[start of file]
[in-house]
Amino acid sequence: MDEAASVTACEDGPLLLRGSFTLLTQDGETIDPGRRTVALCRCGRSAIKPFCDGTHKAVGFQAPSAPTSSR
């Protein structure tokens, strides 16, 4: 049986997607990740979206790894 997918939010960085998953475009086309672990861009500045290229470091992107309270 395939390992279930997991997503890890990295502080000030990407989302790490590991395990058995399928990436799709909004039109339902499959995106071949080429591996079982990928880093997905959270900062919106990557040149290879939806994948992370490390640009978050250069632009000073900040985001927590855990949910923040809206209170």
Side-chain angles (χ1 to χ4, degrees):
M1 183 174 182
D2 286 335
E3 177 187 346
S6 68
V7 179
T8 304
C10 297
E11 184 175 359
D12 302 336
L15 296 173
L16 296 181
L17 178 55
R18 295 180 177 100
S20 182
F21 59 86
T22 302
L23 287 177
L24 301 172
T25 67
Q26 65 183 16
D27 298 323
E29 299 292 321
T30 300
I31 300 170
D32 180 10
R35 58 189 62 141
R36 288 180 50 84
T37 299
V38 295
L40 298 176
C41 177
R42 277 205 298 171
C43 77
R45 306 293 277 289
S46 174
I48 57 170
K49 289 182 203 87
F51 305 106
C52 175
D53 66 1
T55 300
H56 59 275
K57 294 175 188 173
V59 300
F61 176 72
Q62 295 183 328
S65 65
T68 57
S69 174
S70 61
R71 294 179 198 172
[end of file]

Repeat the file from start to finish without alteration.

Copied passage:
[in-house]
Amino acid sequence: MDEAASVTACEDGPLLLRGSFTLLTQDGETIDPGRRTVALCRCGRSAIKPFCDGTHKAVGFQAPSAPTSSR
């Protein structure tokens, strides 16, 4: 049986997607990740979206790894 997918939010960085998953475009086309672990861009500045290229470091992107309270 395939390992279930997991997503890890990295502080000030990407989302790490590991395990058995399928990436799709909004039109339902499959995106071949080429591996079982990928880093997905959270900062919106990557040149290879939806994948992370490390640009978050250069632009000073900040985001927590855990949910923040809206209170």
Side-chain angles (χ1 to χ4, degrees):
M1 183 174 182
D2 286 335
E3 177 187 346
S6 68
V7 179
T8 304
C10 297
E11 184 175 359
D12 302 336
L15 296 173
L16 296 181
L17 178 55
R18 295 180 177 100
S20 182
F21 59 86
T22 302
L23 287 177
L24 301 172
T25 67
Q26 65 183 16
D27 298 323
E29 299 292 321
T30 300
I31 300 170
D32 180 10
R35 58 189 62 141
R36 288 180 50 84
T37 299
V38 295
L40 298 176
C41 177
R42 277 205 298 171
C43 77
R45 306 293 277 289
S46 174
I48 57 170
K49 289 182 203 87
F51 305 106
C52 175
D53 66 1
T55 300
H56 59 275
K57 294 175 188 173
V59 300
F61 176 72
Q62 295 183 328
S65 65
T68 57
S69 174
S70 61
R71 294 179 198 172